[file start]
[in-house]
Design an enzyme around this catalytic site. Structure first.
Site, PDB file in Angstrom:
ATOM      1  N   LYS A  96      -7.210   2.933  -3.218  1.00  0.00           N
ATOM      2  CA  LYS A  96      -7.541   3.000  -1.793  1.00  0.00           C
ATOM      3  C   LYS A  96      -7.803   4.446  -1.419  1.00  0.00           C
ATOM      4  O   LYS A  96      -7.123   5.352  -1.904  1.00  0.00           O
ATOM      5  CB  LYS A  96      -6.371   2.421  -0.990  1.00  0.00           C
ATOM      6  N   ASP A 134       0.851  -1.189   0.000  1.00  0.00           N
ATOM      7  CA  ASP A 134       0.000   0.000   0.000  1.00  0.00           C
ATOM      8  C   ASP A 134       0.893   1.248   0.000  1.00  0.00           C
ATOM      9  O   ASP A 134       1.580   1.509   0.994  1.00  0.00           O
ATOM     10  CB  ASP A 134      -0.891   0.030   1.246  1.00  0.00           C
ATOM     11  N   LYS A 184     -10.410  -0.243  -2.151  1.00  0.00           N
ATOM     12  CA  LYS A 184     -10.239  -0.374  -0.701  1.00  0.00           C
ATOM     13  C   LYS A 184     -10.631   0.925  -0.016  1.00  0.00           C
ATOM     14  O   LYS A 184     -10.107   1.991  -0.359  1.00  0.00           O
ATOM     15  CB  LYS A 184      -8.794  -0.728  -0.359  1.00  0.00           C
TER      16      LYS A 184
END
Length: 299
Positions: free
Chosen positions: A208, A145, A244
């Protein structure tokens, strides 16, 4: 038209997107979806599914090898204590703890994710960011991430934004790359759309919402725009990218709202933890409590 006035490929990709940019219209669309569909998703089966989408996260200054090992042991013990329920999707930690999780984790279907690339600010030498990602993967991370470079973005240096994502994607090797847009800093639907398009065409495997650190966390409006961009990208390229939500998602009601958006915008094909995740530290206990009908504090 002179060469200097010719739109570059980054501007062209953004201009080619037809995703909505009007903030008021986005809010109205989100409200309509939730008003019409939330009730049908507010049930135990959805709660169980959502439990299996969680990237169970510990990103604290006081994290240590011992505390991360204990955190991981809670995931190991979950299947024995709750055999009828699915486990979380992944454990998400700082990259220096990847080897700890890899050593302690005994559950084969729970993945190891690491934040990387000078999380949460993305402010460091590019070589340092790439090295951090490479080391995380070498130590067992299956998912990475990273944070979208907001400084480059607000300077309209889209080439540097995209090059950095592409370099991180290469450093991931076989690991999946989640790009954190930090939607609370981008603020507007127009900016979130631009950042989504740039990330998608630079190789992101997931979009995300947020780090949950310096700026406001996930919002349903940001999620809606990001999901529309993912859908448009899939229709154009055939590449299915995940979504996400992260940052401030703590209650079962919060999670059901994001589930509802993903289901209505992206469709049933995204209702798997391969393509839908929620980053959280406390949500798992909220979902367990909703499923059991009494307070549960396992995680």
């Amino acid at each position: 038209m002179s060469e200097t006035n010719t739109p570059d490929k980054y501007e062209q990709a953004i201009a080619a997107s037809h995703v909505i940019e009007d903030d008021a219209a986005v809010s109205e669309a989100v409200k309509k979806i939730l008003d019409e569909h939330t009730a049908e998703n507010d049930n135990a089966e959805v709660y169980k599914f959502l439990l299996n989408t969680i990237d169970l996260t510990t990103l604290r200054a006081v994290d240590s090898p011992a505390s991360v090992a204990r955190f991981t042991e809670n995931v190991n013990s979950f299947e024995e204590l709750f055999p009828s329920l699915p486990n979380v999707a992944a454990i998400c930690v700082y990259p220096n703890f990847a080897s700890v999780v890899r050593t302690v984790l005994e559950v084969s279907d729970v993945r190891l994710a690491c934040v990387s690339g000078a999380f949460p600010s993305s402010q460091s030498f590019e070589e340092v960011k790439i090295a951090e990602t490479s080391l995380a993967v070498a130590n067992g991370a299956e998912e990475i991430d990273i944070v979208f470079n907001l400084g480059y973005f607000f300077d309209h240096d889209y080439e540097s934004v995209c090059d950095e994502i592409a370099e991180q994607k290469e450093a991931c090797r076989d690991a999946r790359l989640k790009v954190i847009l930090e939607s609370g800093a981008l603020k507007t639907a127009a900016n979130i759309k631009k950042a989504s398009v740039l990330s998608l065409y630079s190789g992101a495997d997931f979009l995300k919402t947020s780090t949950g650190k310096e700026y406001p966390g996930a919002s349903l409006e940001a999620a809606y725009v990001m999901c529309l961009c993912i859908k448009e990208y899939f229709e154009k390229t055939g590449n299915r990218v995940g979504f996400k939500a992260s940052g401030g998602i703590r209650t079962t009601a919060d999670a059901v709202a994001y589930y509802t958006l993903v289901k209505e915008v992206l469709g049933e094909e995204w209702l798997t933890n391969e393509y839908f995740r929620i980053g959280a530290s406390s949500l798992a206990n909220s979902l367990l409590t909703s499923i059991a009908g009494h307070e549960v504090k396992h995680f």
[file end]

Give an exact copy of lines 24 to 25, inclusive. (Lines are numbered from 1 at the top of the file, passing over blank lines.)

């Protein structure tokens, strides 16, 4: 038209997107979806599914090898204590703890994710960011991430934004790359759309919402725009990218709202933890409590 006035490929990709940019219209669309569909998703089966989408996260200054090992042991013990329920999707930690999780984790279907690339600010030498990602993967991370470079973005240096994502994607090797847009800093639907398009065409495997650190966390409006961009990208390229939500998602009601958006915008094909995740530290206990009908504090 002179060469200097010719739109570059980054501007062209953004201009080619037809995703909505009007903030008021986005809010109205989100409200309509939730008003019409939330009730049908507010049930135990959805709660169980959502439990299996969680990237169970510990990103604290006081994290240590011992505390991360204990955190991981809670995931190991979950299947024995709750055999009828699915486990979380992944454990998400700082990259220096990847080897700890890899050593302690005994559950084969729970993945190891690491934040990387000078999380949460993305402010460091590019070589340092790439090295951090490479080391995380070498130590067992299956998912990475990273944070979208907001400084480059607000300077309209889209080439540097995209090059950095592409370099991180290469450093991931076989690991999946989640790009954190930090939607609370981008603020507007127009900016979130631009950042989504740039990330998608630079190789992101997931979009995300947020780090949950310096700026406001996930919002349903940001999620809606990001999901529309993912859908448009899939229709154009055939590449299915995940979504996400992260940052401030703590209650079962919060999670059901994001589930509802993903289901209505992206469709049933995204209702798997391969393509839908929620980053959280406390949500798992909220979902367990909703499923059991009494307070549960396992995680």
């Amino acid at each position: 038209m002179s060469e200097t006035n010719t739109p570059d490929k980054y501007e062209q990709a953004i201009a080619a997107s037809h995703v909505i940019e009007d903030d008021a219209a986005v809010s109205e669309a989100v409200k309509k979806i939730l008003d019409e569909h939330t009730a049908e998703n507010d049930n135990a089966e959805v709660y169980k599914f959502l439990l299996n989408t969680i990237d169970l996260t510990t990103l604290r200054a006081v994290d240590s090898p011992a505390s991360v090992a204990r955190f991981t042991e809670n995931v190991n013990s979950f299947e024995e204590l709750f055999p009828s329920l699915p486990n979380v999707a992944a454990i998400c930690v700082y990259p220096n703890f990847a080897s700890v999780v890899r050593t302690v984790l005994e559950v084969s279907d729970v993945r190891l994710a690491c934040v990387s690339g000078a999380f949460p600010s993305s402010q460091s030498f590019e070589e340092v960011k790439i090295a951090e990602t490479s080391l995380a993967v070498a130590n067992g991370a299956e998912e990475i991430d990273i944070v979208f470079n907001l400084g480059y973005f607000f300077d309209h240096d889209y080439e540097s934004v995209c090059d950095e994502i592409a370099e991180q994607k290469e450093a991931c090797r076989d690991a999946r790359l989640k790009v954190i847009l930090e939607s609370g800093a981008l603020k507007t639907a127009a900016n979130i759309k631009k950042a989504s398009v740039l990330s998608l065409y630079s190789g992101a495997d997931f979009l995300k919402t947020s780090t949950g650190k310096e700026y406001p966390g996930a919002s349903l409006e940001a999620a809606y725009v990001m999901c529309l961009c993912i859908k448009e990208y899939f229709e154009k390229t055939g590449n299915r990218v995940g979504f996400k939500a992260s940052g401030g998602i703590r209650t079962t009601a919060d999670a059901v709202a994001y589930y509802t958006l993903v289901k209505e915008v992206l469709g049933e094909e995204w209702l798997t933890n391969e393509y839908f995740r929620i980053g959280a530290s406390s949500l798992a206990n909220s979902l367990l409590t909703s499923i059991a009908g009494h307070e549960v504090k396992h995680f």